Number 5: Seek Out Inspirational Quotes
Alright, this might sound cliché but…clichés work. They are common for a reason, after all! Inspirational quotes can give us a new and positive perspective. This can help us focus on the good, rather than dwelling in our misery. They aren’t meant to help us escape the bad day, but rather add additional healing perspectives to it. Mixing negativity with positivity makes us feel more balanced. Online articles such as a long Letterkenny quotes post from block37 may be a great way for you to find inspirational quotes that could help you feel more positive.
A fantastic way you can modify a simple search is to send out a prayer or wish beforehand to your chosen higher power. In my own life, when I’m in a rough spot, I ask the Universe “please send me a message when I open up Pinterest.” Almost without fail, a quote of exactly what I needed to hear is at the top of my feed. Call it divine intervention or coincidence, it’s impactful. This adds an extra boost to the healing power of inspirational quotes because they feel more meaningful to us individually. Instead of just stumbling upon a quote, we feel that the power we asked intentionally sent it to us. Talk about a fantastic way to feel unconditional love in our lives!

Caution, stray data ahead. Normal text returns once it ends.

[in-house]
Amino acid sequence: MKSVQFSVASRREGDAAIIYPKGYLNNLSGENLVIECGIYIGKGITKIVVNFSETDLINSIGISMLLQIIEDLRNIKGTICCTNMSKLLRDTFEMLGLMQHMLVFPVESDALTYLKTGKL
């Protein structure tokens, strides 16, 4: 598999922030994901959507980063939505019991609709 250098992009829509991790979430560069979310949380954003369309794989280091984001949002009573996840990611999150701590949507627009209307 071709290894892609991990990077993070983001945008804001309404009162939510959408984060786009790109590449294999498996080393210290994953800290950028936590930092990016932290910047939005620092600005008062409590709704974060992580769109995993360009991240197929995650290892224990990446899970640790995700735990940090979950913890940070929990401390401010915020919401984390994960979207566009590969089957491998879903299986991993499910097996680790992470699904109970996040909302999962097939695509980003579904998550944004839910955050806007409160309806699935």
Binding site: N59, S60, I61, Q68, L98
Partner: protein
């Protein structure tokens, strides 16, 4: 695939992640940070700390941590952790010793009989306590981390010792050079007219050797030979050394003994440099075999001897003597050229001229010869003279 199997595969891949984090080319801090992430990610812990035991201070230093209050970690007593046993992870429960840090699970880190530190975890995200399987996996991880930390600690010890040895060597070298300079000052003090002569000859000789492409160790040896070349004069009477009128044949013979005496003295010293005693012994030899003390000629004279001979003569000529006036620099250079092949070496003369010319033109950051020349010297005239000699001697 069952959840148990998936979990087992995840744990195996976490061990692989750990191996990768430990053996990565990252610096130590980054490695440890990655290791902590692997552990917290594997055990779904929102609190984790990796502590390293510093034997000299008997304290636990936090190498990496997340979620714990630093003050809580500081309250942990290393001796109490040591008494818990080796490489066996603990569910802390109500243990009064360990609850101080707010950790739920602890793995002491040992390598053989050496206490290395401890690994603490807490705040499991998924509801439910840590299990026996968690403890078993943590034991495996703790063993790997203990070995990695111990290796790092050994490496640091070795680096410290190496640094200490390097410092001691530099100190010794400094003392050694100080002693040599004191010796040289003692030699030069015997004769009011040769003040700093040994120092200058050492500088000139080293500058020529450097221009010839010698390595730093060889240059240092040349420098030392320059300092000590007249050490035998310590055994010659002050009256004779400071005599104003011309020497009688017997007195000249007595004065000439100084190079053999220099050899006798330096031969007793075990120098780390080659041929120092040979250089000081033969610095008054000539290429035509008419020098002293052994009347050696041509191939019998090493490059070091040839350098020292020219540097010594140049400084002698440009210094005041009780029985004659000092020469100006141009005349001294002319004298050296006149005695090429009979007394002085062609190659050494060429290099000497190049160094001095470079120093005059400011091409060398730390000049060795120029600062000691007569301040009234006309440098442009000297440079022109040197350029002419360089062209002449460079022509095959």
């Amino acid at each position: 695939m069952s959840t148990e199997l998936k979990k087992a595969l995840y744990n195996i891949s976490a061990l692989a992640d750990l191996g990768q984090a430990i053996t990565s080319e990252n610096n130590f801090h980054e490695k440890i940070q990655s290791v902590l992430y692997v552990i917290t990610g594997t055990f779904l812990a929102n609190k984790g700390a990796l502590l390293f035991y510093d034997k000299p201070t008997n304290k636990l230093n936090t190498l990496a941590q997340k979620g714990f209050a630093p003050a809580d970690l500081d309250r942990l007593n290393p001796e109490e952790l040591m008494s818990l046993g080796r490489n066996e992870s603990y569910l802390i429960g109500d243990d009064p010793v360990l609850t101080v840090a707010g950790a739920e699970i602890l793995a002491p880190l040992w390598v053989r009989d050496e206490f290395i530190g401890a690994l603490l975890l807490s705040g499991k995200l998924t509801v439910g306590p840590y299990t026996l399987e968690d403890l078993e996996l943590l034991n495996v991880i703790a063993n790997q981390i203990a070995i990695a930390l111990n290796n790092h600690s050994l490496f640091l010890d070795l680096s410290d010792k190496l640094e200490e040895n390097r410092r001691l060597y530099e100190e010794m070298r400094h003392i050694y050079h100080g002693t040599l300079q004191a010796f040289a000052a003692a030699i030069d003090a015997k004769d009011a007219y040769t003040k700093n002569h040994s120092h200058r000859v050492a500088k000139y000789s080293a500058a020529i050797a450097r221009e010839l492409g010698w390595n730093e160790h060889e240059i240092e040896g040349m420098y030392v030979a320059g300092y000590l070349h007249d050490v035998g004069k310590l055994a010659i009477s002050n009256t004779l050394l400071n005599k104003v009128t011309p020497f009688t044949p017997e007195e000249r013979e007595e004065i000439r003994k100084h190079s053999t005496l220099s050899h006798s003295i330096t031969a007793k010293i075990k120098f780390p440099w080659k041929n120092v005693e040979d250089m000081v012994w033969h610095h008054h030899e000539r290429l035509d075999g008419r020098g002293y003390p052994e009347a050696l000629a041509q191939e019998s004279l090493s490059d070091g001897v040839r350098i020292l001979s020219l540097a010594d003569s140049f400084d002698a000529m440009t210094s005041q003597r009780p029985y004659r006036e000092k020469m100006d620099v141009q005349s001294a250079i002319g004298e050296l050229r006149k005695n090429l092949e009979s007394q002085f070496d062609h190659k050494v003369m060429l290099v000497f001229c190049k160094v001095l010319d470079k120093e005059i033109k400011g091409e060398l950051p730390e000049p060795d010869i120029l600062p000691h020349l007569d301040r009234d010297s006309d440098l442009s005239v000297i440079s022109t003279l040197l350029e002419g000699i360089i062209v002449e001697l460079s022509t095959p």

Pinterest is a great resource for finding quotes meaningful to you. I have several resourceful boards here at my account, to get you started. You can also click your browser’s pin-it button and uncover hidden inspirational quotes in this blog!
Number 6: Talk To Yourself
Although a surprisingly stigmatized gesture, talking aloud to yourself is actually incredibly healing. There is something about vocalizing our grievances that helps us process difficult emotions on a bad day. It’s similar to when we stub our toe and curse, it seems to hurt a little less than if we held in the swearing. Our emotions are no different than physical pain in this way.
This is worth giving a try. It’s a seriously powerful gesture. Find a private space and rant, scream, mumble, or otherwise express whatever it is you’re feeling. Complain without regard. If it helps, direct your words at God, the Universe, the spirit of whoever frustrated you, or some other entity. How you choose to practice this is up to you. You can make any and all modifications you wish.